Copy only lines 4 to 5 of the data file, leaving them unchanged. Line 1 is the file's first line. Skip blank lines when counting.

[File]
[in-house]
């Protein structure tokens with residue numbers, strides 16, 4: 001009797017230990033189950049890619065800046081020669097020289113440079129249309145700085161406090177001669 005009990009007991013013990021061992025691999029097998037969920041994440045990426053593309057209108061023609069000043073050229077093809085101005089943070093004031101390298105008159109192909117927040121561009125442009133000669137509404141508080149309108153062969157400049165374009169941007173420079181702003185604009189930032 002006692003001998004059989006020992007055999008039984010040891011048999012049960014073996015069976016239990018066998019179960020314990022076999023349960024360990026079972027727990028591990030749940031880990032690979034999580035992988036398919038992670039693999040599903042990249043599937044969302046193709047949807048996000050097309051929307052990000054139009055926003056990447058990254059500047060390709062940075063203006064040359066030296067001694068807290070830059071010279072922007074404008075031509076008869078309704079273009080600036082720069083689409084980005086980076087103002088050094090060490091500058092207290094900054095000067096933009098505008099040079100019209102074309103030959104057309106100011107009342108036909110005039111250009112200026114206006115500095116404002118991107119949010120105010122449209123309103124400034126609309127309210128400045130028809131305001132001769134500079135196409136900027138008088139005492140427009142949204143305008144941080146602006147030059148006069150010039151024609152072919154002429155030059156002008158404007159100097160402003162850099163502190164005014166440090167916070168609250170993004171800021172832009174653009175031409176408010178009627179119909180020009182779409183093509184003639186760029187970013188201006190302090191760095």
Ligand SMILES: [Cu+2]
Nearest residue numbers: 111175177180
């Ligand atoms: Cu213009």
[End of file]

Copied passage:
Nearest residue numbers: 111175177180
């Ligand atoms: Cu213009």